And Hell looms vast, a gulf unplumbed, unspanned
And Heaven flings wide its gates to great and small,
The end of all things is at hand.
The end of all things? he would wonder. Or only the end of the ghosts, of the fear, of hospital rooms and this newly-named, old familiar thing they called OCD? Hell looms vast, he read. He knew that well. But Heaven flings wide its gates to great and small. Great and small. Which was he? The vacuum was great, and he was small.
The silence always passed before he could complete the thought. Soon there was a parent, or a concerned aunt, or cousin, or a therapist or nurse coming to check something or give some reassuring thought, and the poem would have to wait, expectant somewhere hovering around his bed. He knew he would return to it soon, as soon as he had the chance, and that it promised an answer if only he could listen, and promised something more comforting than sleep, if only he could grasp it beneath the sheets and hold it to him as he lay.
“What do you want for Christmas?” the nurses always asked. Everyone asked that, as though Christmas presents alone could remedy all ills. Every year before this one he had had a wish-list that he’d subtly present to his parents, mostly books. This year, he had no thoughts, except one; and silently each time he would say that same thought, deep in his mind, where only something truly silent and reverberating could be heard. “No ghosts,” he would say, half-statement, half-request. “No more ghosts, please, this year.”
While he clung to Peter and John, all the people, utterly astounded, ran together to them in the portico called Solomon’s…
Fear, perhaps. The crowd, after all,
lunged and lurched about,
amazed hands raised,
how might this seem
to eyes which had beheld, rejected,
hands which had held and seized.
Too much too soon;
the world had not the ready hearts
it took to take such miracles to heart…
Clung, perhaps, to wait out the storm,
to see how would the crowd change shape,
and crowd and cloud the truth around him.
Clung, perhaps, for refuge.
Or did he cling as we must cling?
Cling as those before had failed.
Every day, the servant said,
I stood and taught, and never did
you seize me then. The failure spoke
much more than all their loud deeds could:
to behold, daily, yet not take hold,
to have in reach, yet never clutch,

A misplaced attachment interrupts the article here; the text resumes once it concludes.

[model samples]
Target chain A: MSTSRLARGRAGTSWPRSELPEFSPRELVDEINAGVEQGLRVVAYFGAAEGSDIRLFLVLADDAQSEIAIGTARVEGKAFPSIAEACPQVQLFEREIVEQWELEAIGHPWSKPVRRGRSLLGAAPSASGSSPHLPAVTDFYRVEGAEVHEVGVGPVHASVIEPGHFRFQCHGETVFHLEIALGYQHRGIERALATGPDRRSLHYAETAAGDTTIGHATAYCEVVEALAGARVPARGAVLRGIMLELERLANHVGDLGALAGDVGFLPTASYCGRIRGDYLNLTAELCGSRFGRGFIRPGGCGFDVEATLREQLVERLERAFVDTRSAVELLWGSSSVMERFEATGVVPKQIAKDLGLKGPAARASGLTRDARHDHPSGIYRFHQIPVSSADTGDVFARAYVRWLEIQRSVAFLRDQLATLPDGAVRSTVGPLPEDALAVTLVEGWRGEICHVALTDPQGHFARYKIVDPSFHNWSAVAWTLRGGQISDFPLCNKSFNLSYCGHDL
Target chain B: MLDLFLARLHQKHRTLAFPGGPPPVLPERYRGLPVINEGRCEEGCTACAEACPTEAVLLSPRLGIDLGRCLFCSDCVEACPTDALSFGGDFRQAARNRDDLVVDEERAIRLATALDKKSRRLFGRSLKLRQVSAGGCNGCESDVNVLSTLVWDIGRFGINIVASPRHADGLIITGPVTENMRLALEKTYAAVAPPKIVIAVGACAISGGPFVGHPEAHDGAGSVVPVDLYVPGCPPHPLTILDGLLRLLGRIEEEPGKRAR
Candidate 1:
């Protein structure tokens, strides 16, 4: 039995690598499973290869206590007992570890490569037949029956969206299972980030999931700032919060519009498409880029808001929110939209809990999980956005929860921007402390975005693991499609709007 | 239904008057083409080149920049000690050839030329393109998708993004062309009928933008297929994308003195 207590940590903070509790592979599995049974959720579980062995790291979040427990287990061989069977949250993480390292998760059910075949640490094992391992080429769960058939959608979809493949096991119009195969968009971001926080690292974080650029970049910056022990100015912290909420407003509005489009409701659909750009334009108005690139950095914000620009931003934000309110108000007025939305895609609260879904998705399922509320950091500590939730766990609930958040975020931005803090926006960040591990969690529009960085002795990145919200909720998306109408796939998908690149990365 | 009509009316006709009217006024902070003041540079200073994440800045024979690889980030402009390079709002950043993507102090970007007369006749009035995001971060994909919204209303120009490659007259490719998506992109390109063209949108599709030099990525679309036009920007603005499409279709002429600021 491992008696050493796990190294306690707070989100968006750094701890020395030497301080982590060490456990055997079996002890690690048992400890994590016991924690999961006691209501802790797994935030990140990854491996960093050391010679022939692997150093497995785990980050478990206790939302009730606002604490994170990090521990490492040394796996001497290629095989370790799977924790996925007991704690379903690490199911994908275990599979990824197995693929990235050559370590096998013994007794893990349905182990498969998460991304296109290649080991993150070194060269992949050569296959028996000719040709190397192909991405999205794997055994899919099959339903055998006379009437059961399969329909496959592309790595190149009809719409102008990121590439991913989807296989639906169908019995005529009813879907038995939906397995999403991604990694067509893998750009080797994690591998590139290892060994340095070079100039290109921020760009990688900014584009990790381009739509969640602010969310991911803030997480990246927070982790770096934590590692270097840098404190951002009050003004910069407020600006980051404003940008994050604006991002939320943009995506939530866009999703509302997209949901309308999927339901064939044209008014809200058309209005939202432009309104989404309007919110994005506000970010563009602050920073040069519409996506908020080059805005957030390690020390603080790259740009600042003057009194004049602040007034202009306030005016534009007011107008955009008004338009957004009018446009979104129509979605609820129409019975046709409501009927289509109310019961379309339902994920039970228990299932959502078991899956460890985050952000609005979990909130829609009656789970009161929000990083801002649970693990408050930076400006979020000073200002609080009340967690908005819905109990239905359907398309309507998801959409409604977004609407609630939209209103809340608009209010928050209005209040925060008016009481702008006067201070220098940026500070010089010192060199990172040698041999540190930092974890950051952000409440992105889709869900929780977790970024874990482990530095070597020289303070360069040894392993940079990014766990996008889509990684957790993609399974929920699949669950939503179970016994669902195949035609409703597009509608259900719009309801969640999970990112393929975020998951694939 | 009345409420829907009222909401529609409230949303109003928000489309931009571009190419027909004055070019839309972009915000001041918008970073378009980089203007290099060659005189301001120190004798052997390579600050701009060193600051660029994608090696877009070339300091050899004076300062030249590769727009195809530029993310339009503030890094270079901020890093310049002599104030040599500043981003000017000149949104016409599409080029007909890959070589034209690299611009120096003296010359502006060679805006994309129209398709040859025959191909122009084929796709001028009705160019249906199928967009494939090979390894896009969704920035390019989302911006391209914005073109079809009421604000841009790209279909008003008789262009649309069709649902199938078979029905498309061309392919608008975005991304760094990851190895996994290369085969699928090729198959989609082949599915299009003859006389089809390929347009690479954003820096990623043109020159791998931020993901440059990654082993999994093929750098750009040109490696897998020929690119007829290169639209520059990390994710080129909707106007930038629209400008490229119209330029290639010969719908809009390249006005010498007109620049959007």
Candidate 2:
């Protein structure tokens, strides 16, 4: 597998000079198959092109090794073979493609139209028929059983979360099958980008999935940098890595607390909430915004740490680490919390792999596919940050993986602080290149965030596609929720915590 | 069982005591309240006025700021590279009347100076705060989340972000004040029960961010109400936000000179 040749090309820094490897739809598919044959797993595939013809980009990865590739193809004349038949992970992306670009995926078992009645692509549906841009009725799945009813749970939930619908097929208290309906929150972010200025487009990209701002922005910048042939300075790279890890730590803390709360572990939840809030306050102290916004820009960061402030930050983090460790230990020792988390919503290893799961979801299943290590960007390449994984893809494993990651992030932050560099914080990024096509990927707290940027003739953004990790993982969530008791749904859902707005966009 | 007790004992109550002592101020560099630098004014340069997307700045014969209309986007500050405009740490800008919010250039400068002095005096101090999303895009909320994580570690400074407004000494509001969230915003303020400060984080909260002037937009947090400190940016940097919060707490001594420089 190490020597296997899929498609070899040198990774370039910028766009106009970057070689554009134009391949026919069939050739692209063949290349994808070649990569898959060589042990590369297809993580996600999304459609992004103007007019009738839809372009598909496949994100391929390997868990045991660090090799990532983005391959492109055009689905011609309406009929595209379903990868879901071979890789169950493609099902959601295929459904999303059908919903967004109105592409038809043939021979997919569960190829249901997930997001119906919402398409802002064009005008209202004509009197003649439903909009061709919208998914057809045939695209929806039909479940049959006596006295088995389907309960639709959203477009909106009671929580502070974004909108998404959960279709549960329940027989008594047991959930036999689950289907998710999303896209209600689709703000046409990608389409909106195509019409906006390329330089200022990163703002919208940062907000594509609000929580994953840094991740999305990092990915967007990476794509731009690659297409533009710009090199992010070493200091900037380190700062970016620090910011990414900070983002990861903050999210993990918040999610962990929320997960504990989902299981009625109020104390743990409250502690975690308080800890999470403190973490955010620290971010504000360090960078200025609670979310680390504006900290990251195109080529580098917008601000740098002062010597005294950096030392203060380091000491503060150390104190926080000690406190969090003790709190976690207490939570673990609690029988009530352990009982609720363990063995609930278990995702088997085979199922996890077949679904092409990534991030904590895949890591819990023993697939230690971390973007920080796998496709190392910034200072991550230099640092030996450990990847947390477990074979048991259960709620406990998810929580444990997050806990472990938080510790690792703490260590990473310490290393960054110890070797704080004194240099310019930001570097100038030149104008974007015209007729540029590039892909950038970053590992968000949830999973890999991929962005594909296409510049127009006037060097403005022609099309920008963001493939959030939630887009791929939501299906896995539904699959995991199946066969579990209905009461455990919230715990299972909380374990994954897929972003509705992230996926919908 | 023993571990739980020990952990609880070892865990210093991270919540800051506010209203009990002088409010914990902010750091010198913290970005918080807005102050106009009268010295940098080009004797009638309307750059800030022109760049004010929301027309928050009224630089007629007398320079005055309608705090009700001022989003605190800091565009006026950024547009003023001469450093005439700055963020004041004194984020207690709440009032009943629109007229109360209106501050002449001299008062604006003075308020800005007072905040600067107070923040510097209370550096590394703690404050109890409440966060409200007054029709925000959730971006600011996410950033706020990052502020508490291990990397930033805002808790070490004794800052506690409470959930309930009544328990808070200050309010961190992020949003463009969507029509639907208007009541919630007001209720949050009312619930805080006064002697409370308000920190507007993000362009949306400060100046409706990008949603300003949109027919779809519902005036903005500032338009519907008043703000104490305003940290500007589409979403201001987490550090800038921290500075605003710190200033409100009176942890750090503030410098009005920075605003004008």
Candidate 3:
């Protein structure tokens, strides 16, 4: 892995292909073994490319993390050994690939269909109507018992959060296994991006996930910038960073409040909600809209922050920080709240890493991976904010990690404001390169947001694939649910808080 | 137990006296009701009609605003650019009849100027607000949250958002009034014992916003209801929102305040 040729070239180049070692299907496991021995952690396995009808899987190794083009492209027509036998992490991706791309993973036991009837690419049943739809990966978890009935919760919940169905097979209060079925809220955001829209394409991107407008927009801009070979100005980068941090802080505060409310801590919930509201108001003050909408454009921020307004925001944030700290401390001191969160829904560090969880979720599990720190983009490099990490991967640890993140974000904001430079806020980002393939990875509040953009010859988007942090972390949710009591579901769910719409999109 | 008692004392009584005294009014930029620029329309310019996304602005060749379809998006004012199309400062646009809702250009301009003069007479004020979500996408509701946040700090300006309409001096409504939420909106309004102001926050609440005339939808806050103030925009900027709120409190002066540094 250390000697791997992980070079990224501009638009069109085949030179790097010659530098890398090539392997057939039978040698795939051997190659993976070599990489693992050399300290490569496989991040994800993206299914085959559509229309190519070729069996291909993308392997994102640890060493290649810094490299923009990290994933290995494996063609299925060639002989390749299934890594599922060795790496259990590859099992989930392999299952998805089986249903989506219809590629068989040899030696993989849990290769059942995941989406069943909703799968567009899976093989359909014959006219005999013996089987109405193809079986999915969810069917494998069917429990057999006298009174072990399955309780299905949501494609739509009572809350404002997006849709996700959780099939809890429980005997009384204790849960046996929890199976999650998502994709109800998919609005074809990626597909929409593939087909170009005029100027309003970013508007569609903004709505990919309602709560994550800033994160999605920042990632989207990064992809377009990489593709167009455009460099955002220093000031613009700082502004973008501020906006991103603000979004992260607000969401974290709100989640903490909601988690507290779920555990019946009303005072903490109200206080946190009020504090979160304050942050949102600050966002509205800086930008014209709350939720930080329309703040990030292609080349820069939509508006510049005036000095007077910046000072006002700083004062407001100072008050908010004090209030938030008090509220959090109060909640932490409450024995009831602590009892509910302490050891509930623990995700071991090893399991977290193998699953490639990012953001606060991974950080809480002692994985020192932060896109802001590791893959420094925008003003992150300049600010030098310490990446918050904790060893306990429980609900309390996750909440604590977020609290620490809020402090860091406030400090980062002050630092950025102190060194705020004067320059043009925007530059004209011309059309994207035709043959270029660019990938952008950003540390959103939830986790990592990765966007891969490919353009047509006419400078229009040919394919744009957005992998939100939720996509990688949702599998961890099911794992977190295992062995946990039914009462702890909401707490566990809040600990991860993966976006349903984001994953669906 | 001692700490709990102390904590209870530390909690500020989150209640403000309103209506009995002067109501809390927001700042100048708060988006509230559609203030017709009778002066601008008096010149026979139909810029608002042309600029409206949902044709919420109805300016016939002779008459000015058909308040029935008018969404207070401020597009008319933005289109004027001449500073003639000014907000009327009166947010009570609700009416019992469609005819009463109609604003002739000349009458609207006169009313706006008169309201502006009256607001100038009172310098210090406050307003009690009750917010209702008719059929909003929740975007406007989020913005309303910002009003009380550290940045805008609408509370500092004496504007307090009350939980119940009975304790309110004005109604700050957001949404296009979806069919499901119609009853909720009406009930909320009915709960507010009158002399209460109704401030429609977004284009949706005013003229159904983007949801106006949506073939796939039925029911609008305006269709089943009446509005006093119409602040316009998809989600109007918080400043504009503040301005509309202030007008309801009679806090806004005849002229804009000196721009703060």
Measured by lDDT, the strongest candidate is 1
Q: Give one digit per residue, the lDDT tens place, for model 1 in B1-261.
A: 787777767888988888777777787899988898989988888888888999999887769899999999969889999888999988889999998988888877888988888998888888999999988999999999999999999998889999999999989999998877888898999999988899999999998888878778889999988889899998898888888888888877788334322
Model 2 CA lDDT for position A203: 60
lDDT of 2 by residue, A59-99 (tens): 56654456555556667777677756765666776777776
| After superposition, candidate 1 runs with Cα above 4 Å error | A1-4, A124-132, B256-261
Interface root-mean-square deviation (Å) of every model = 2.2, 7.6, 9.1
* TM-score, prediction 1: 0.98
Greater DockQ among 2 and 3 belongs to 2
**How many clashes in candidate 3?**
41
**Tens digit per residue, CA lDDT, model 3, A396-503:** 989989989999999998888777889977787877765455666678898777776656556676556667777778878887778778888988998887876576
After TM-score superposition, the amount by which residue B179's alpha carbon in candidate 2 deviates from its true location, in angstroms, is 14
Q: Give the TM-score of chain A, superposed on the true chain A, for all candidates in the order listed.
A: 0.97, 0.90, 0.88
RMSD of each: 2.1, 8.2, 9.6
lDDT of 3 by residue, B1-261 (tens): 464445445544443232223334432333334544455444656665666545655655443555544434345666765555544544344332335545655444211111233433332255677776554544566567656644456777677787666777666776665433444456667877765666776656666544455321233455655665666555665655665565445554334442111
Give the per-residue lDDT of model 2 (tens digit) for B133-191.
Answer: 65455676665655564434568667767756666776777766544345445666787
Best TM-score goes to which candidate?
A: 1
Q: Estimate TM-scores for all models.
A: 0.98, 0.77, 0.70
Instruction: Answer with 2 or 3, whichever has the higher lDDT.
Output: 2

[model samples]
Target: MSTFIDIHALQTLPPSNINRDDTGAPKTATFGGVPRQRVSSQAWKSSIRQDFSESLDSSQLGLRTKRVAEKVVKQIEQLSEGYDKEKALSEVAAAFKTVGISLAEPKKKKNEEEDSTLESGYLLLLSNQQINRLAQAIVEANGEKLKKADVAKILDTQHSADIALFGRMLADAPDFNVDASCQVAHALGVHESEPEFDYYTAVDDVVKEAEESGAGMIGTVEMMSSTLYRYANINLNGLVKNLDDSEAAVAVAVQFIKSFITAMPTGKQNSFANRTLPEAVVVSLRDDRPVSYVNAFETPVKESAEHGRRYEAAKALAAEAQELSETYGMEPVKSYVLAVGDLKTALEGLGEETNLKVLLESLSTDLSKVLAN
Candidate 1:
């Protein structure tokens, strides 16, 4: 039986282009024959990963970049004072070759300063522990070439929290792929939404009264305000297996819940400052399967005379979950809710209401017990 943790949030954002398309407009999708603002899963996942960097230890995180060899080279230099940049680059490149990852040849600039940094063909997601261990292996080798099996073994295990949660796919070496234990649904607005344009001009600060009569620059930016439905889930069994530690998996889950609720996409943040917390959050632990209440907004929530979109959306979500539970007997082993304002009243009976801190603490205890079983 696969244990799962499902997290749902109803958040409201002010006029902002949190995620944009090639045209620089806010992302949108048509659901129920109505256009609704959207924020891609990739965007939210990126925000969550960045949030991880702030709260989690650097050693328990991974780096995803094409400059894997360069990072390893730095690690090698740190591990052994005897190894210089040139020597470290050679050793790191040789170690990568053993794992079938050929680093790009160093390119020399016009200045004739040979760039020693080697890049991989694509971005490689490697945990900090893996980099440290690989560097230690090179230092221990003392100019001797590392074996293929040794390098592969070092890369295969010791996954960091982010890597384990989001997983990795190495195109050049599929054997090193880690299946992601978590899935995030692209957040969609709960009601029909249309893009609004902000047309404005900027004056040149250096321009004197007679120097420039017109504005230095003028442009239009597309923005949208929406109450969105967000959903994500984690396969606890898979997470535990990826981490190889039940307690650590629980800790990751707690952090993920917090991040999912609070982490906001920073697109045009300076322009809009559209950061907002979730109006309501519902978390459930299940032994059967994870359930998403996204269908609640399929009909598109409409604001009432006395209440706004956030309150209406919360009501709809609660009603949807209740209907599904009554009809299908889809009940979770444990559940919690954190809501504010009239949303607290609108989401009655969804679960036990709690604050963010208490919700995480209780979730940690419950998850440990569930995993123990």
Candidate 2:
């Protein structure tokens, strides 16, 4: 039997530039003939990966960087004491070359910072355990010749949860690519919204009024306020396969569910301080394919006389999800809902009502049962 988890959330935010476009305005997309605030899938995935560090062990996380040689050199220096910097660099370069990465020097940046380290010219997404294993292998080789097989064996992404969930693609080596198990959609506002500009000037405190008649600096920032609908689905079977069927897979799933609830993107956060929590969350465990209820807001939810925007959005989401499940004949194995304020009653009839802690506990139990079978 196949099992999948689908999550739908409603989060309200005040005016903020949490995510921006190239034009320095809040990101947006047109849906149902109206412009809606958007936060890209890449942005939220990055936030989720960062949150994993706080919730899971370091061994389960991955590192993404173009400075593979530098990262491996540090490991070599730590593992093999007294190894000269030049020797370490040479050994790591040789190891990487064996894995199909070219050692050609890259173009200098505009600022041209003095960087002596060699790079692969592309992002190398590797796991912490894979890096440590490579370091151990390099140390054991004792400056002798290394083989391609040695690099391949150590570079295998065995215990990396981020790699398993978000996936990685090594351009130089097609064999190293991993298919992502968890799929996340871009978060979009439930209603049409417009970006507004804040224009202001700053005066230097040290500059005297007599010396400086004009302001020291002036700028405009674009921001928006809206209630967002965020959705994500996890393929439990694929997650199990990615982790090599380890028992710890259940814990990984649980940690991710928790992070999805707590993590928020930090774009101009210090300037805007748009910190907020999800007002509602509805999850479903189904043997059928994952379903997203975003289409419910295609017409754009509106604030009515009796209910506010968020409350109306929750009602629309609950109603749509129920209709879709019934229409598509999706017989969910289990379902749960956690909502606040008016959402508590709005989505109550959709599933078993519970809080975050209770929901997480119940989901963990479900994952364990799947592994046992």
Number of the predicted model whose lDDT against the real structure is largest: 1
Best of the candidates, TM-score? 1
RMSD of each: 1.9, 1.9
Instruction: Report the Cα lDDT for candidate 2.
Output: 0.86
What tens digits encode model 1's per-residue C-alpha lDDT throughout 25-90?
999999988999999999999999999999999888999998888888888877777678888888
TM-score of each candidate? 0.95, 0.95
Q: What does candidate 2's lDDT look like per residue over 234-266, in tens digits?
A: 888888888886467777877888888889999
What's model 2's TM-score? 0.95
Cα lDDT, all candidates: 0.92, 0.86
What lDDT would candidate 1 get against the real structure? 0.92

to see open hands, yet never grip.
Now the servant’s servants stood
and he must cling – for life, for safety –
all this – yes –
joy: at strength in deadened limbs;
and power: for greater things would soon be done;
and trust: above all, trust. The Crucified
had power still!
No silver, no gold in hand; only the Name.
And to that Name he clung.
And keep –
keep me, keep watch, keep hope.
The pains that crush me are like pricks beside
Your agony, and yet
arms out as though to gather in
more pain, more shame, and thus
Man of sorrows,
what a name,
what a scheme
that stretches out the heavens
yet does not scorn these nails.
my proud sobbing, my heart’s throbbing; take
all my attempts to rise with Self.
Enfold me in Your scars and sing
through endless days.
“We can only silence the guns of hatred with the guns of love.”
– Nigerian church leader, quoted in Open Doors prayer letter
I am broken in my love:
I cry, I steal,
I hurt, I hate.
My heart has guns which fire and kill
and I am daily killed.
I do not understand my friend;
my neighbour dies,
I pass him by.
I do not walk across my street
or see you in your home.
The scarf around your head sparks fear;
is shame to you.
The Nazarene upon the cross
lives not like I have lived.
All exiles, while the Garden grows
far from our homes,
we never meet
or open hands to shake, to greet
and give as we’ve received.
Yet love transformed by crown of thorns
has power to
unload these guns.
Such love has wounds to mend the rift
and make us many One.
O I am broken in my love.
I cry, I steal,
I hurt, I hate.
O Jesus, Nazarene, come heal;
come open doors and sing.
If perhaps in sullen days I might slide back
to where I fell, a child, into the dark,
please wait with me as slowly I am brought
again into the light. Your love has brought
the truth to bear in silent corners, back-
rooms where thick lies have festered in the dark.
Although not whole, I’m neither lost in dark;
I mourn this languid baggage that I’ve brought,
yet every night and morning I come back
to see how far from dark I have been brought.